Ghana Begins Antiretroviral Treatment Distribution
January 26, 2004
Ghana earlier this month began providing antiretroviral treatment to some HIV-positive people living in the country, Reuters reports. Sekyi Amoah, director-general of the Ghana AIDS Commission, said, "We started providing free antiretroviral drugs to patients in four hospitals around the country this month. Our target is to have 6,000 people on the drugs each year over the next two years." The antiretroviral drugs are partially subsidized through a $15 million grant from the Global Fund to Fight AIDS, Tuberculosis and Malaria, which also will help fund refurbishment of the country's hospital and laboratory facilities, in addition to counseling and testing for the next two years. Nii Akwei Addo, AIDS program director for the country's Ministry of Health, said that the Global Fund's grant will cover 2,000 people a year and that the government "will be responsible for the remaining 4,000 patients." Of the 19 million people in Ghana, 3.4% are HIV-positive, and 200 people become infected daily, according to Reuters. Only 1% of people living with HIV/AIDS in Ghana will have access to antiretroviral treatment, Reuters reports. Amoah said, "That may not sound like a lot of people, but it's not everyone who has HIV who needs to be put on antiretrovirals." Addo added that the country's attorney general's office is considering whether it would be feasible to produce generic antiretrovirals locally without breaking World Trade Organization intellectual property rules, Reuters reports. He said, "Once the legal issues have been cleared, we'll include that possibility in our options" (Sakyi-Addo, Reuters, 1/22).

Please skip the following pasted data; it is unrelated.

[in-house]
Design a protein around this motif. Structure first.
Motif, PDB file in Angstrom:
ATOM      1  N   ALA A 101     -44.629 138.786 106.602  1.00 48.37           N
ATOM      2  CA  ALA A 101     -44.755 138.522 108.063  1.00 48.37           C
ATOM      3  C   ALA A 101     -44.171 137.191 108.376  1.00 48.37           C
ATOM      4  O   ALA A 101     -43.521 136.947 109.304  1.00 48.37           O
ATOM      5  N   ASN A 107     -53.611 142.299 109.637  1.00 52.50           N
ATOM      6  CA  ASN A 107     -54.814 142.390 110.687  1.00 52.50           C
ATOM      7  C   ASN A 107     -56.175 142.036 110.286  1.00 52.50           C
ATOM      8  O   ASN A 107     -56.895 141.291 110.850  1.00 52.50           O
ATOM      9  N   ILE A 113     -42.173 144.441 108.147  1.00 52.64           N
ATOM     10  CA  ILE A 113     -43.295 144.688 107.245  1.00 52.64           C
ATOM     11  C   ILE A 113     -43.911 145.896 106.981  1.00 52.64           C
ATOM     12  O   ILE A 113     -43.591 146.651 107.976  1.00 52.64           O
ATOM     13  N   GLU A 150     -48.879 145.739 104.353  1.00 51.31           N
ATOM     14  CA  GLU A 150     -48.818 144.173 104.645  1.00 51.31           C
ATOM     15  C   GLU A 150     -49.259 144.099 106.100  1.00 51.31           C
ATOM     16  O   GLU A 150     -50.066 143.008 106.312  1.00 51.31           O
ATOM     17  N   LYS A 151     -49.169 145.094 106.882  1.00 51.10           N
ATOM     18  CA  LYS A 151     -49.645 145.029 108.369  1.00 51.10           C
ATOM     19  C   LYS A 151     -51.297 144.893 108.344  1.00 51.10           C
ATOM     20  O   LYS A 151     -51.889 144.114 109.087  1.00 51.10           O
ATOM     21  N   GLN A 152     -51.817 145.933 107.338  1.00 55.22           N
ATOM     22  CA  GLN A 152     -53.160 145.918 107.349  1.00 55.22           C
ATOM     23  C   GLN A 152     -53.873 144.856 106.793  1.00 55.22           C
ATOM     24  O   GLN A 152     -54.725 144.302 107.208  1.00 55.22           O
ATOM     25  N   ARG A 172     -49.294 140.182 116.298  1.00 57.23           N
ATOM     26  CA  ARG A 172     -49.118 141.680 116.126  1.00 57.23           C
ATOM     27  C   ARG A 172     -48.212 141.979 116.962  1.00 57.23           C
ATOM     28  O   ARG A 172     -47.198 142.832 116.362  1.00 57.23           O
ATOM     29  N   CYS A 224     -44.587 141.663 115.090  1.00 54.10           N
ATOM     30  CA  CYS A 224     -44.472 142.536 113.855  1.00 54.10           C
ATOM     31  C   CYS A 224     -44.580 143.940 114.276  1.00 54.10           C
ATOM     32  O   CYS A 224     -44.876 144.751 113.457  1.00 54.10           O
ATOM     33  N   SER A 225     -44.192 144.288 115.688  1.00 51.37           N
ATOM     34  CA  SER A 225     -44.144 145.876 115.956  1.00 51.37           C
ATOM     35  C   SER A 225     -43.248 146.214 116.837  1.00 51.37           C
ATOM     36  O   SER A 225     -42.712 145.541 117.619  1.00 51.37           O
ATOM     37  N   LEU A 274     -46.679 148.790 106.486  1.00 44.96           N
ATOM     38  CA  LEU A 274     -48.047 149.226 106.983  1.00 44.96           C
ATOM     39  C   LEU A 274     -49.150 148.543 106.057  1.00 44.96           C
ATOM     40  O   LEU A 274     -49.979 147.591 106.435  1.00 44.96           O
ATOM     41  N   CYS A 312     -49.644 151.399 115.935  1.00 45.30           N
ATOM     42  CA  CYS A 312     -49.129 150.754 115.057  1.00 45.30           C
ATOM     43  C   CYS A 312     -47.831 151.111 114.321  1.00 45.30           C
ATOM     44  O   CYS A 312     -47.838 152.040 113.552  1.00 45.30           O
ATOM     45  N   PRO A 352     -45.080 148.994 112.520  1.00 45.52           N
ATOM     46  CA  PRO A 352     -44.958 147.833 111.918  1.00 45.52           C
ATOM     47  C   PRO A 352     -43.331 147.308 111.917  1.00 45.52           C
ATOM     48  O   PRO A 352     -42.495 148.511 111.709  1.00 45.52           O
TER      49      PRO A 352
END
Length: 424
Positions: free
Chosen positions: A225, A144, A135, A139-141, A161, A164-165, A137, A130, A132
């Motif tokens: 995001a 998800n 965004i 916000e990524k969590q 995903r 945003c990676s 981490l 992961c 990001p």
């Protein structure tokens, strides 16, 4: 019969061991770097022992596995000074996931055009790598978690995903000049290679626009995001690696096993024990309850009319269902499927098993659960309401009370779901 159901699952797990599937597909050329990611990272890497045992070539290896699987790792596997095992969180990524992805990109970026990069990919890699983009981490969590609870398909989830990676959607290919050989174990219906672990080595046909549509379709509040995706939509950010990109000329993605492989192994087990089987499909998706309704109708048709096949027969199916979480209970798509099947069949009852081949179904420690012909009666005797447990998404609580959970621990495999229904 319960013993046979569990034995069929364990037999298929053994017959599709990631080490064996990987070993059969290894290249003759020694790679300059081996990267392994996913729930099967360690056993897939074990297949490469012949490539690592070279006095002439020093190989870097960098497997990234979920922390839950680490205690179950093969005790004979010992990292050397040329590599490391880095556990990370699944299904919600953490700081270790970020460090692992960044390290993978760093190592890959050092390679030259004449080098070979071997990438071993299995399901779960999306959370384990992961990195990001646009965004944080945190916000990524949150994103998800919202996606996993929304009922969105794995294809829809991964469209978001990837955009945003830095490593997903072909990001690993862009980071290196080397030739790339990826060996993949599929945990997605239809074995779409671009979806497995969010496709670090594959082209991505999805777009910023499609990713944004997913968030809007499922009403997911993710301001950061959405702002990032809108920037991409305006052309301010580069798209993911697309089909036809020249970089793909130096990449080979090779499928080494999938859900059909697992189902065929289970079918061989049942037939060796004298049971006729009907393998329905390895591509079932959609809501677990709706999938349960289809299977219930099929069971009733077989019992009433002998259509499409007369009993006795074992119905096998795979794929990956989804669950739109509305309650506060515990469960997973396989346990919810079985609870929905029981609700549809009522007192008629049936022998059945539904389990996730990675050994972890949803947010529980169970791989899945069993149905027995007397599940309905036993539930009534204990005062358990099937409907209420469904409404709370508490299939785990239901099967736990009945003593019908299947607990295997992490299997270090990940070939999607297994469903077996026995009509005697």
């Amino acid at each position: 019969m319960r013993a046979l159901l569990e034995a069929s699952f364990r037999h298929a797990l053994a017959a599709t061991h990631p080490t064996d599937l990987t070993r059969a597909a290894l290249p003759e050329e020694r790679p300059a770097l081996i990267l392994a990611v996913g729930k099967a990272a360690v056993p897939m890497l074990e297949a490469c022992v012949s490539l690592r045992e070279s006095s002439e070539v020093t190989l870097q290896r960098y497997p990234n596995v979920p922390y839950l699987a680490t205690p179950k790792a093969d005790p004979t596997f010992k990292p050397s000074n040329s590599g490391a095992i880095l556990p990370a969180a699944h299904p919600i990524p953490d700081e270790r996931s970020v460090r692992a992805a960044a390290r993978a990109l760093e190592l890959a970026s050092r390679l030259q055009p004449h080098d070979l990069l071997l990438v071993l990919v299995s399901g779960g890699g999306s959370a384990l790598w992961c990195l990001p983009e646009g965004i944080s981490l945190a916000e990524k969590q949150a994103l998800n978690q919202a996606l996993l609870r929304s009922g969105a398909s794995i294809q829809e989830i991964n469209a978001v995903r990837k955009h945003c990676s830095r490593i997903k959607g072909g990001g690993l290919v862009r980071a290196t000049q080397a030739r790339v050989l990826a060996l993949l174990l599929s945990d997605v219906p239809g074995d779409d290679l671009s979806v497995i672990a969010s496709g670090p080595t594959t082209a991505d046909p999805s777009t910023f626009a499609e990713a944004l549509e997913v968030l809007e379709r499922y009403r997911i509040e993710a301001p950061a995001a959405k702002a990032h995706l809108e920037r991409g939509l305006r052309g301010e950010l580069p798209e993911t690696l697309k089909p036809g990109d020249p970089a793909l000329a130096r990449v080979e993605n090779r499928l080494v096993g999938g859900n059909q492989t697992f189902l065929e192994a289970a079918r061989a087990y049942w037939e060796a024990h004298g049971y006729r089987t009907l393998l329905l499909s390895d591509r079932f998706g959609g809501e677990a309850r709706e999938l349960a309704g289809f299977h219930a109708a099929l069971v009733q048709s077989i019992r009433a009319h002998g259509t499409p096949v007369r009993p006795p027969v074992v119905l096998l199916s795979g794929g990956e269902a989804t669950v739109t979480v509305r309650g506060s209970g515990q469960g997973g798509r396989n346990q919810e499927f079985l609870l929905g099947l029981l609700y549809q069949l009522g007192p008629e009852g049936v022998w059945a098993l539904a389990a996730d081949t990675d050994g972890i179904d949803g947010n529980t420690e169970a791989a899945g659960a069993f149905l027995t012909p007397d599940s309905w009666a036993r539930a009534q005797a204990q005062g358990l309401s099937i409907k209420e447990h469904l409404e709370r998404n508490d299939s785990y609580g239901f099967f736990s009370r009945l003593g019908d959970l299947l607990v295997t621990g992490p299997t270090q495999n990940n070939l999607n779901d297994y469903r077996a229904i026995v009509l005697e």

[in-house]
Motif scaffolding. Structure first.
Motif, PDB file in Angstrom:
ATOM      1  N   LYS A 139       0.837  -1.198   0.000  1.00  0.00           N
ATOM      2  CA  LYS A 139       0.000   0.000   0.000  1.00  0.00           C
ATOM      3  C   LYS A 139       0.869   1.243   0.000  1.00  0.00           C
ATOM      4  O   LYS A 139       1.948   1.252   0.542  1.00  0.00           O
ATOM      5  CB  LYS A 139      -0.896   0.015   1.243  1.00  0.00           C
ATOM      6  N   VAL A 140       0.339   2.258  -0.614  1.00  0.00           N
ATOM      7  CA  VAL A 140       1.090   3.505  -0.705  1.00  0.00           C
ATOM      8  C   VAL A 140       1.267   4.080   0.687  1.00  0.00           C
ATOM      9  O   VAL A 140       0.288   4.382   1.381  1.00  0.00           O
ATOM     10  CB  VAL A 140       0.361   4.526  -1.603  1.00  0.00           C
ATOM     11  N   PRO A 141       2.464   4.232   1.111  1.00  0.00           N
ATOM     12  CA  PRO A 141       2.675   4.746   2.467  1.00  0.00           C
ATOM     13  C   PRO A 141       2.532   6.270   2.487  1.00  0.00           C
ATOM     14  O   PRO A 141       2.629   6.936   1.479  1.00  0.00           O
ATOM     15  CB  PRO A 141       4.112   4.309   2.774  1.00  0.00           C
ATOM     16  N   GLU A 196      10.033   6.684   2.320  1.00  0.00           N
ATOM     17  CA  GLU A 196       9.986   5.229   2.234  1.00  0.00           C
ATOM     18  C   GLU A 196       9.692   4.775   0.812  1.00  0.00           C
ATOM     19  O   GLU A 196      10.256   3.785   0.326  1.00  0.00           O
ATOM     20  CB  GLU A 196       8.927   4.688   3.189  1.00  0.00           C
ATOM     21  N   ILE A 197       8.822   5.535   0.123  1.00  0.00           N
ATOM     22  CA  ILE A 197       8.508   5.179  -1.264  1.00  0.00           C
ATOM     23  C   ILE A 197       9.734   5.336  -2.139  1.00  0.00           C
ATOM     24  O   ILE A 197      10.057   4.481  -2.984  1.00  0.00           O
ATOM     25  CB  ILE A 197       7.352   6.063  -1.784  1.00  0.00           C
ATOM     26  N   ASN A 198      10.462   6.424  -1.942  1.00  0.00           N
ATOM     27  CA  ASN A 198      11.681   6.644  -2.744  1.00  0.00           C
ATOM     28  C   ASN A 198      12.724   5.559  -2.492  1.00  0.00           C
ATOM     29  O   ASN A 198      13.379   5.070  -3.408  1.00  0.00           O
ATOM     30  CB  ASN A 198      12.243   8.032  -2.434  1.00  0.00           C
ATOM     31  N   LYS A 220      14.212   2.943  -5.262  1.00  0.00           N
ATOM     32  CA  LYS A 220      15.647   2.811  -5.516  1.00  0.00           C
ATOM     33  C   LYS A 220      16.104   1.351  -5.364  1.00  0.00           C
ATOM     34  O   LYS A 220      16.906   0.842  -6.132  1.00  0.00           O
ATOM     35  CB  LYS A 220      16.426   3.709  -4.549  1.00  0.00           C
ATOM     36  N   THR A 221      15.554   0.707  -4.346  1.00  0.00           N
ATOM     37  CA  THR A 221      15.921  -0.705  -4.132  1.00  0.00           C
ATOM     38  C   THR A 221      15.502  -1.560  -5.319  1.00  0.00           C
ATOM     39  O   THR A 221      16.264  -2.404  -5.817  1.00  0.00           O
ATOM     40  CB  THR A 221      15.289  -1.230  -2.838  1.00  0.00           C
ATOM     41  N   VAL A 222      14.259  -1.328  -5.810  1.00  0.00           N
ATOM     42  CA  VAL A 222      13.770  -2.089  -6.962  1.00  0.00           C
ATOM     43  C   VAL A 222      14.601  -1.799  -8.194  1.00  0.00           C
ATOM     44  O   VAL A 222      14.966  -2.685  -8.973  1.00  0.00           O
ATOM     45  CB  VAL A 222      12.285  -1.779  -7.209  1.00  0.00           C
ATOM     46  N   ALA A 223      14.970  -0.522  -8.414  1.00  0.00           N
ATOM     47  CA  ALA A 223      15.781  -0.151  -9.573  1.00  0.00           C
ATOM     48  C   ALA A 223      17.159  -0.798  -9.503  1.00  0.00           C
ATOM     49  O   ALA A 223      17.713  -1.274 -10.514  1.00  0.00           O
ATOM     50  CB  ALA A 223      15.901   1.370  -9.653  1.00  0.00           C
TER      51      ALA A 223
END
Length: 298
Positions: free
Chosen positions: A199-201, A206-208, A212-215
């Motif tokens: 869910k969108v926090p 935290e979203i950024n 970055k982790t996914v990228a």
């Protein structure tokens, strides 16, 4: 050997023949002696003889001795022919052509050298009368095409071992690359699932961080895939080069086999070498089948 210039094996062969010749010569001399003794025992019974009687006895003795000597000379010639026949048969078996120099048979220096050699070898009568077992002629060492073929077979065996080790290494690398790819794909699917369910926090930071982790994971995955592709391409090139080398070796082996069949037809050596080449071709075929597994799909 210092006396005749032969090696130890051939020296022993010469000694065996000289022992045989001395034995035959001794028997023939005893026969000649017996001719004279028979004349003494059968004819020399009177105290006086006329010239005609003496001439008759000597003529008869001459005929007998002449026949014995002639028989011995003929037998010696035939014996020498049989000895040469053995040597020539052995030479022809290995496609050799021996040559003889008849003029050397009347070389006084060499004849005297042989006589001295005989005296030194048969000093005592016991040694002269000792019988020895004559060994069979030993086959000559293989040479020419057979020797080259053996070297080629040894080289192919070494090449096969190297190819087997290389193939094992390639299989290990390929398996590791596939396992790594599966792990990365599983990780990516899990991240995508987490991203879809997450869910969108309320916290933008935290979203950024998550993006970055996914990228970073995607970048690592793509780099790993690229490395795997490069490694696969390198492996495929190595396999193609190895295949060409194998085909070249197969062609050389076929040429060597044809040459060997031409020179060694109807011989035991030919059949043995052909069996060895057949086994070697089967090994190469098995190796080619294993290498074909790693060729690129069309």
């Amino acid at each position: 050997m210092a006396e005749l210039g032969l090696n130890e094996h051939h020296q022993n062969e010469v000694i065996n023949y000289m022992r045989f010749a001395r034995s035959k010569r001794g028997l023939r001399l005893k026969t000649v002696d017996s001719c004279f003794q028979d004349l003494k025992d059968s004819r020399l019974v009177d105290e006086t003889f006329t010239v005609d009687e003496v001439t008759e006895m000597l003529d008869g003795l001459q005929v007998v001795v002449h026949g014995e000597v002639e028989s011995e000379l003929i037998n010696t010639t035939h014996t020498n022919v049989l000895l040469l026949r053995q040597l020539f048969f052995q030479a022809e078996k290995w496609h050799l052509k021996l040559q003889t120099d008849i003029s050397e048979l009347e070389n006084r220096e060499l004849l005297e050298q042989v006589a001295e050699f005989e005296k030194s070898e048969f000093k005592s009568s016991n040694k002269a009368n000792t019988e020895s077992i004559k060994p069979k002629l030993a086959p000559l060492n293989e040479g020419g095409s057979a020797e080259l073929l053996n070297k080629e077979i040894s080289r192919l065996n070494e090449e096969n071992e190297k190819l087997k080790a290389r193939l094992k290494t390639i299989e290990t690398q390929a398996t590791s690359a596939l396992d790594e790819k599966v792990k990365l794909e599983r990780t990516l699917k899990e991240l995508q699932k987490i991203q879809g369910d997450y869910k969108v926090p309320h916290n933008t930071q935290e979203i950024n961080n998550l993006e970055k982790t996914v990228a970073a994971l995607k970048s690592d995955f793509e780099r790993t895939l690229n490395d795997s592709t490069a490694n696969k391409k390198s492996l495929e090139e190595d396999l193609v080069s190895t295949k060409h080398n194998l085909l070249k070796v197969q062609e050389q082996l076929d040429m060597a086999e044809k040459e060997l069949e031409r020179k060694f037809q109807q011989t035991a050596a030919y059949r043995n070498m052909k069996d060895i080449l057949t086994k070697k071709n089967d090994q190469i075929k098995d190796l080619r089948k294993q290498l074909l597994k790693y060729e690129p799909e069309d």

World Health Organization: African Countries Negotiate with Thailand to Produce Generic HIV Drugs Locally
This article was provided by Henry J. Kaiser Family Foundation. It is a part of the publication Kaiser Daily HIV/AIDS Report. Visit the Kaiser Family Foundation's website to find out more about their activities, publications and services.